The Costs of Employee Turnover

Cost of Employee Turnover – Part 1

Many of us have a vague sense that there are things we must do. We must eat our vegetables, floss, and make payroll. Then we have a sense that there are things we ought to do. We ought to invest for retirement, volunteer with a community service organization, or learn a language. Into which category do we place “hang onto my employees better?” It might be the former, once you find out in this blog how much employee turnover costs.

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Employee Turnover Rates

Many factors contribute to employee turnover. These include inadequate compensation, lack of employee engagement, poor job fit, etc. I will not address them here, but I will show you how to figure out the turnover rate regardless of the factors that caused it. With this figure, you can monitor your organization's employee turnover relative to that of other organizations in your area or in your industry. That will let you know where you stand with applicants and employees, and from that you can know if it is worth your money to boost retention. You should continually monitor this rate so you can make informed choices in the future.

Are You Smarter Than a 10th Grader?

Attention all non-math majors: These calculations are easy. Even I can do them. First, I’m going to take a cue from the Washington high school graduation test. I will explain the mathematical computations verbally to get you thinking in concepts before we insert numbers.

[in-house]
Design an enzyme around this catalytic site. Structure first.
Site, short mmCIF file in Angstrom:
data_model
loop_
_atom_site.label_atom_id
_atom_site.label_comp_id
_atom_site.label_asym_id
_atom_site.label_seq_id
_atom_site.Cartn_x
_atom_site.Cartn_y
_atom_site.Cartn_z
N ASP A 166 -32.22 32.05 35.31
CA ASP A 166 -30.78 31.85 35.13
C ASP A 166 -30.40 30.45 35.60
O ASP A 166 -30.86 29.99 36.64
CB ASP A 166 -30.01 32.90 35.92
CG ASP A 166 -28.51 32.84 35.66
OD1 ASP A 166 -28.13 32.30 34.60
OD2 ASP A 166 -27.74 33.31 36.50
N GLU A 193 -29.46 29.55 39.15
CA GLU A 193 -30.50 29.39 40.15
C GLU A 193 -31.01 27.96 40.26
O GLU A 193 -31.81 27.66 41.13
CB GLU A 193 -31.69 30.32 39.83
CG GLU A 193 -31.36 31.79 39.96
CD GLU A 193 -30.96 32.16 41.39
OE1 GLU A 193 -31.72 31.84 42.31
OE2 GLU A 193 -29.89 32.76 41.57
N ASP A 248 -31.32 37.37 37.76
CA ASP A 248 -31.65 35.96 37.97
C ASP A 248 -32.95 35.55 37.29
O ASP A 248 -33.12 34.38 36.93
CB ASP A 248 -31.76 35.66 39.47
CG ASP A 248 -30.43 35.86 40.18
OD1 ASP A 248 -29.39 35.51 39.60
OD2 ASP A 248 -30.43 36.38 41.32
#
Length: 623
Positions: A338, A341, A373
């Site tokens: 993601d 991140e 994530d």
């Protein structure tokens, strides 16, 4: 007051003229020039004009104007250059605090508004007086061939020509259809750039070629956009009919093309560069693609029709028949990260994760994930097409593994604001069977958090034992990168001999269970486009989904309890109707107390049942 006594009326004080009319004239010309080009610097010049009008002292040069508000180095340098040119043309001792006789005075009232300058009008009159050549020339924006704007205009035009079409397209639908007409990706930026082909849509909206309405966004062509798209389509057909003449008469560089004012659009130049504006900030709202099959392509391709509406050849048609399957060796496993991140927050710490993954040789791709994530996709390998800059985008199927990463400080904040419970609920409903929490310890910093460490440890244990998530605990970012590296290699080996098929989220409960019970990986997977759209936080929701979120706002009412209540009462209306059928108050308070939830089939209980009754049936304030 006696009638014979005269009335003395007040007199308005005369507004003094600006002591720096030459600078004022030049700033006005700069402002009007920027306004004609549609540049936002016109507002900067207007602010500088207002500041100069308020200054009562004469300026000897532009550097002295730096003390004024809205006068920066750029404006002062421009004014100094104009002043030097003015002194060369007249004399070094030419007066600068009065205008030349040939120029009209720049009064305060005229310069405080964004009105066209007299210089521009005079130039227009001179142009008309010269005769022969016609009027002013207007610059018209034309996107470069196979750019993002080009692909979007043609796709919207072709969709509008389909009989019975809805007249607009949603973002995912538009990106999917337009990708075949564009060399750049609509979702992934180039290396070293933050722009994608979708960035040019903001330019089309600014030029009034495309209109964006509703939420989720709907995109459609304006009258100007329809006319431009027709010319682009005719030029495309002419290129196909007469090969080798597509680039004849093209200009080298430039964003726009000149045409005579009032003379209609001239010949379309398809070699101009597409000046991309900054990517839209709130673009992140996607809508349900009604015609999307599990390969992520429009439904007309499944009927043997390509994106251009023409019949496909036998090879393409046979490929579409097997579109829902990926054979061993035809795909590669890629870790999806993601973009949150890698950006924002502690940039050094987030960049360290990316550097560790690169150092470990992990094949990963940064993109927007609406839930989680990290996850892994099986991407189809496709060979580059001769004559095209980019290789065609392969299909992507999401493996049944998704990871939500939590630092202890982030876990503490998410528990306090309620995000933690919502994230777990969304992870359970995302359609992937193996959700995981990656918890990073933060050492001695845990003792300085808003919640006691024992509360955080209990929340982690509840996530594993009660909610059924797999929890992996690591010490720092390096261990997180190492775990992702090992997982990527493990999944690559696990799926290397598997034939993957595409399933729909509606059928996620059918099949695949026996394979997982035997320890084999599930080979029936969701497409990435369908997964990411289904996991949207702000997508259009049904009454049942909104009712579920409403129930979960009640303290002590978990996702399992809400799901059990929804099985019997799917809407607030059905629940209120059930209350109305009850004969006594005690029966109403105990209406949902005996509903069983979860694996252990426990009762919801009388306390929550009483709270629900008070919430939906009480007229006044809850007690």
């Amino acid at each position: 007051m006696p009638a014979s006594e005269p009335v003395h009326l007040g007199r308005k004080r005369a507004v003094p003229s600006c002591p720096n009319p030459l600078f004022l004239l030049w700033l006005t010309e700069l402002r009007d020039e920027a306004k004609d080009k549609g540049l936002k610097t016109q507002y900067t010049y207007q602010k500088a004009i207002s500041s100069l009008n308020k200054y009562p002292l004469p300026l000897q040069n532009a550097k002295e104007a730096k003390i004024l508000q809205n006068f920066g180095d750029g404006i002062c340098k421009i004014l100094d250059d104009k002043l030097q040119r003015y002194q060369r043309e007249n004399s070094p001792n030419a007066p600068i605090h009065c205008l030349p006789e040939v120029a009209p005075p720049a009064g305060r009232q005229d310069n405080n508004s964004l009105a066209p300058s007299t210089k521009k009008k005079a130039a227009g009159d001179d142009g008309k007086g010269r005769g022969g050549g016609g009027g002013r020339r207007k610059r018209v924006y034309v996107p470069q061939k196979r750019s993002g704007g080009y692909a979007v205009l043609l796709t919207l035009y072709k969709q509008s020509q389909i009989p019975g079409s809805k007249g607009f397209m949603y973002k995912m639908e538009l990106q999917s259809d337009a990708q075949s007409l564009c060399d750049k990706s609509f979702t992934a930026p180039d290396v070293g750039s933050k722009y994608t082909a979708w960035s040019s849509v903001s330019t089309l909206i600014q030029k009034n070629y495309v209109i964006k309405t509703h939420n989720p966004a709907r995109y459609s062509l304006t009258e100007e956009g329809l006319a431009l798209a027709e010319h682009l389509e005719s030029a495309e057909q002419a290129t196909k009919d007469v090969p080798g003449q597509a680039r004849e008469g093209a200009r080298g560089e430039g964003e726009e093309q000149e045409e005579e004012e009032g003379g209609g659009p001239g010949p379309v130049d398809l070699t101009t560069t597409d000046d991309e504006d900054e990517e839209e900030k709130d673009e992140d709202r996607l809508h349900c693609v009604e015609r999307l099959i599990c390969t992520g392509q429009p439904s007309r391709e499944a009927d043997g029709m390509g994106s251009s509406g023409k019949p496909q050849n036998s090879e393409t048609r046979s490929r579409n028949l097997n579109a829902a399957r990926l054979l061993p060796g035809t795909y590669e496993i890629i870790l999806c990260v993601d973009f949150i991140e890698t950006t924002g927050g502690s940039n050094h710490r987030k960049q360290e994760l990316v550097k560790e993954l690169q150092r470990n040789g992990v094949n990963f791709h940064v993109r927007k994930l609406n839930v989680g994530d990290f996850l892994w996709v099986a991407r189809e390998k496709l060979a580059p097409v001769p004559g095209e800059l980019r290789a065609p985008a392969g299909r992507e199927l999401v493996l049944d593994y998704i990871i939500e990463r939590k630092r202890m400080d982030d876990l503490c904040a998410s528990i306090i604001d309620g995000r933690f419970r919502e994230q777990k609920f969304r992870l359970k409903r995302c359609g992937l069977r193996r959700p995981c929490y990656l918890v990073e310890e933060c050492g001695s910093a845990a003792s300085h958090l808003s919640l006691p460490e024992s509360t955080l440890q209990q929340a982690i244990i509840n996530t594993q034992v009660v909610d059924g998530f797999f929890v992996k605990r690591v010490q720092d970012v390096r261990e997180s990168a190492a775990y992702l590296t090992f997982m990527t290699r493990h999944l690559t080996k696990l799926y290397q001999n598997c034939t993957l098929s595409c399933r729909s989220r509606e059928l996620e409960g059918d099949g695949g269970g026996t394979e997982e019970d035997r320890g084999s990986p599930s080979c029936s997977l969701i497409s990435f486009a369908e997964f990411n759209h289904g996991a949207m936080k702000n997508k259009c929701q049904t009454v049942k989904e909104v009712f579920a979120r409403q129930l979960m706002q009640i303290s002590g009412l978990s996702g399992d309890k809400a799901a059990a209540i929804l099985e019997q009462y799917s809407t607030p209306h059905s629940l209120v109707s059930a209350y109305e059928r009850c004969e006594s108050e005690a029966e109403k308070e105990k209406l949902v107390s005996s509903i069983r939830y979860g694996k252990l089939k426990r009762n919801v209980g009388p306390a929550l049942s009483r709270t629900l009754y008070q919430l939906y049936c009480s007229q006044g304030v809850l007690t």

Monthly turnover is the number of employee separations in one month divided by the average number of active employees at the worksite during the same period. We’ll say we have one site of operations.

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We can make some additional calculations based on those two inputs, which will tell us more about our workforce. Let’s save those additional calculations for later, in part two of this blog. These basics come first.

The words you just read look like this when we start to write them as a math formula: 
Now to pull numbers into our formula for monthly turnover:
Annual employee turnover is calculated by adding up the monthly turnover for a 12-month period. Makes sense, right? Okay, the next step follows.

Using the same example, if four employees leave each month, a yearly total of 48 leave. Plugging those numbers into the formula:

Now we’re:

  • Done with math.
  • Going to see what this calculation means for your organization.
  • Going to use this information to show the cost of employee turnover for your organization.

What This Calculation Means for Your Organization’s Employee Turnover Costs

There are many sources of information on average annual turnover by industry. For instance, the Society for Human Resource Management publishes this information. Much of the content on their site is free. Check it out. This and other sources will show you if employee turnover in your organization is in-line with averages. I am not aware of sources that give local averages. If any readers know that information, please comment to this blog and let us know.